Vendor Software Required on PI Interface / PINet Node
Vendor Software Required on Foreign Device
Vendor Hardware Required
Additional PI Software Included with Interface
Device Point Types
* See paragraphs below for further explanation.
The Interface runs on the above mentioned Microsoft Windows operating systems and greater. Windows NT 4.0 requires Service Pack 6.
Please contact OSIsoft Technical Support for more information.
Uses PI SDK
The PI SDK and the PI API are bundled together and must be installed on each PI Interface node. This Interface does not specifically make PI SDK calls.
Source of Timestamps
The clock on the computer running the PI Server provides the source of timestamps for the values sent by PI-Ping. The Interface writes a timestamp that reflects the time at which it begins to measure ping responses. That is, all points that belong to the same scan class will have the same timestamp.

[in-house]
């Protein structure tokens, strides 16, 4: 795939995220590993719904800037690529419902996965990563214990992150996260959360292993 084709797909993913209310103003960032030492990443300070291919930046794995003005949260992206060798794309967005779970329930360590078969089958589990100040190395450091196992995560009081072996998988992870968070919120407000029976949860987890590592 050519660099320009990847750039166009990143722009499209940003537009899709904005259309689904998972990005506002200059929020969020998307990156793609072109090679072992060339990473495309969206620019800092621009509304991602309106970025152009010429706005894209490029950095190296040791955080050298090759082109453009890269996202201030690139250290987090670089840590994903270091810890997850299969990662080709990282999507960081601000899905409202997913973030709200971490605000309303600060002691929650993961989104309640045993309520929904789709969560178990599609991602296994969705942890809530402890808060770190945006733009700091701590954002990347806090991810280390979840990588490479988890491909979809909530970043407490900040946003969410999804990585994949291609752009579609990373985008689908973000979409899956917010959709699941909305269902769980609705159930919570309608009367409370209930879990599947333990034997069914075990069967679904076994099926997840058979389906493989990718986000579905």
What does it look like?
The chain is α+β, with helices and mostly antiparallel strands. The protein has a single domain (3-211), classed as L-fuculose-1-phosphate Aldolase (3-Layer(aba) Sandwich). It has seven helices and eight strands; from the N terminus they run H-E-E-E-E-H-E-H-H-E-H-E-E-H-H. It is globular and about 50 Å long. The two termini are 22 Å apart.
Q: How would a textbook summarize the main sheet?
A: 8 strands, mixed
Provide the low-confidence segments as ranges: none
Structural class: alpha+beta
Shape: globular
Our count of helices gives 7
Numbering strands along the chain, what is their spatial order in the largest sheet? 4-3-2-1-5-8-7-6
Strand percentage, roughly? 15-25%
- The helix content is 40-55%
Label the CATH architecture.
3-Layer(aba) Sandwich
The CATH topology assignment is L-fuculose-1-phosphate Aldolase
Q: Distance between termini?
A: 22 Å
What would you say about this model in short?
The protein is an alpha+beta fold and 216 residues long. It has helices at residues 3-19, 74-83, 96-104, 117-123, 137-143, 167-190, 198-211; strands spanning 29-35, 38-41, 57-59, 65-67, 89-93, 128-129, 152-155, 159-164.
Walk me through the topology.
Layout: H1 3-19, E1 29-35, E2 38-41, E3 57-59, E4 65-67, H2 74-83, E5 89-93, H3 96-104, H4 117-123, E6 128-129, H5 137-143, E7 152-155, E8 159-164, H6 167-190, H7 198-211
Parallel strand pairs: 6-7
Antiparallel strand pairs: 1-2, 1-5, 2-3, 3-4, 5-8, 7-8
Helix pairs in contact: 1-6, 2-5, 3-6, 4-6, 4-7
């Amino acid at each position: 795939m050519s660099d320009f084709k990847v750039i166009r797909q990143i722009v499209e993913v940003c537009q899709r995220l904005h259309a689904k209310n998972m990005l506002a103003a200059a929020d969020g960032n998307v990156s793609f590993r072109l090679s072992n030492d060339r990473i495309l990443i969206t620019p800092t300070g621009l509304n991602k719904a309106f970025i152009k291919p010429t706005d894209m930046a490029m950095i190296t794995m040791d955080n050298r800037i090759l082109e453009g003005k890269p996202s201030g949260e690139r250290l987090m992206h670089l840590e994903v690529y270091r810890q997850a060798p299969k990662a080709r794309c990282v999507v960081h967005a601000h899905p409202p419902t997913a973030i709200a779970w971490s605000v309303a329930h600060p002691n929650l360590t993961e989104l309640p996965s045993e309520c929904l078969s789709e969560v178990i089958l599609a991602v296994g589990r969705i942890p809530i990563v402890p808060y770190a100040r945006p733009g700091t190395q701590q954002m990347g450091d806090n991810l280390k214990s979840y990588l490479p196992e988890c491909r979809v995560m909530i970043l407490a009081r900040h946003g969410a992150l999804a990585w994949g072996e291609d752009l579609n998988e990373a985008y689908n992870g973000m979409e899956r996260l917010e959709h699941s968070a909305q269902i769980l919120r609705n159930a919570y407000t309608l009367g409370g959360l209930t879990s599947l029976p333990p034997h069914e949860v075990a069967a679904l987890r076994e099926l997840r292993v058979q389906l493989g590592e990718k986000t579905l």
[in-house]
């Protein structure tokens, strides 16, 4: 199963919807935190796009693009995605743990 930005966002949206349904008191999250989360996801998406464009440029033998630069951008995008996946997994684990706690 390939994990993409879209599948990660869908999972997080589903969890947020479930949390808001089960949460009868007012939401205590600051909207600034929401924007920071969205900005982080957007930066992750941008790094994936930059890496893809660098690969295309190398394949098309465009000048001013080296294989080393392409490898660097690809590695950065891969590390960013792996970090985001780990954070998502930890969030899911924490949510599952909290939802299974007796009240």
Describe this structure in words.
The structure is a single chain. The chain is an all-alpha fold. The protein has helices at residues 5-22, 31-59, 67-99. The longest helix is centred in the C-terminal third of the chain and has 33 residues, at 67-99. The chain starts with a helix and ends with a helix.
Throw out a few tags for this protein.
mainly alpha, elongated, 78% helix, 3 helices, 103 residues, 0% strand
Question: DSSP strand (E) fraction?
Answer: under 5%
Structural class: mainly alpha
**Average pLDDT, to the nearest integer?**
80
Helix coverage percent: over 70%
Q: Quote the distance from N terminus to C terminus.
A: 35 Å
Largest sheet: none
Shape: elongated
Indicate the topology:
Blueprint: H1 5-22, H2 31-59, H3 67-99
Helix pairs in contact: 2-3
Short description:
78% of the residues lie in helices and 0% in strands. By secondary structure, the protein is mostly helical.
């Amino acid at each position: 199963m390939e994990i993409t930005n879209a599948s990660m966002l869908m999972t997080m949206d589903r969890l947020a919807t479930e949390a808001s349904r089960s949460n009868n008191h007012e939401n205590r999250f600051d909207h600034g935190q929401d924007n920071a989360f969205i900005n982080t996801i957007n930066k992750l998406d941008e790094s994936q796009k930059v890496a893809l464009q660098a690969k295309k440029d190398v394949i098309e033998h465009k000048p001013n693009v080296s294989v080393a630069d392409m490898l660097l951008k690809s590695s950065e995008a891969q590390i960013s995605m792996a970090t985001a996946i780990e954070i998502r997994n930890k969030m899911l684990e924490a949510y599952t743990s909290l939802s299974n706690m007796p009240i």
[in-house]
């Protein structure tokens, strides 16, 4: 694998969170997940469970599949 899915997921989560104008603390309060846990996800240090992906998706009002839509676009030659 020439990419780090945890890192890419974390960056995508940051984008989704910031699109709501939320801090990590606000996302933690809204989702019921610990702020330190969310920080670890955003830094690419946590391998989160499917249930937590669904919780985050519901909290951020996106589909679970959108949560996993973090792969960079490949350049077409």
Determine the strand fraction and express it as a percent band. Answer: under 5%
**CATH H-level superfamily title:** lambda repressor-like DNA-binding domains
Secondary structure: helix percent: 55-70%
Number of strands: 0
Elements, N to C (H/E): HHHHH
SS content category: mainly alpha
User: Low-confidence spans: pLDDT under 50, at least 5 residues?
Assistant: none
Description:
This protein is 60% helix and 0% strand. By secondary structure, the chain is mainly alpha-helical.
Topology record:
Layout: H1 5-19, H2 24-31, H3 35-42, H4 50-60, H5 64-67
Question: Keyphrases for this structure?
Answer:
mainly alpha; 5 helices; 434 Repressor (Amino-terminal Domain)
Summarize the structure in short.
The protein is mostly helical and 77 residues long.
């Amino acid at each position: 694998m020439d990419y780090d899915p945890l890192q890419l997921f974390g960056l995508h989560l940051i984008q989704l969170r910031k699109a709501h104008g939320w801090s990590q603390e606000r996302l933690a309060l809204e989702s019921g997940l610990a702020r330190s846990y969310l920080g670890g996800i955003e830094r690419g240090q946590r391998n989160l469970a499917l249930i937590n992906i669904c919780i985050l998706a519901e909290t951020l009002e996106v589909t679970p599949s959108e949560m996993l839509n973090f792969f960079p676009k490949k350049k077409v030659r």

UniInt stands for Universal Interface. UniInt is not a separate product or file; it is an OSIsoft-developed template used by developers, and is integrated into many interfaces, such as the PI-Ping Interface. The purpose of UniInt is to keep a consistent feature set and behavior across as many OSIsoft-developed interfaces as possible. UniInt also allows for the very rapid development of new interfaces. In any UniInt-based interface, the Interface uses some of the UniInt supplied configuration parameters and some interface-specific parameters. UniInt is constantly being upgraded with new options and features.
The UniInt End User Document is a supplement to this manual.
Diagram of Hardware Connection
Principles of Operation
PI-Ping was developed primarily as a system manager's tool for the monitoring and analysis of a PI client-server network. It is specifically tailored for use on a machine running Windows. PI-Ping uses functions in Microsoft's IPHLPAPI.DLL or ICMP.DLL to send Internet Control Message Protocol (ICMP) echo ("ping") request messages to a remote machine. These same functions provide PI-Ping with the corresponding ICMP echo reply times. No additional hardware is required beyond the machine running PI-Ping and a network connection to the remote machine of interest.
Continuous generation of ICMP echo packets at very high frequencies to multiple machines can create bandwidth and network traffic problems. For this reason, PI-Ping will not measure data at a frequency that is higher than 1 minute. This limitation ensures that the network is not overloaded with PI-Ping traffic.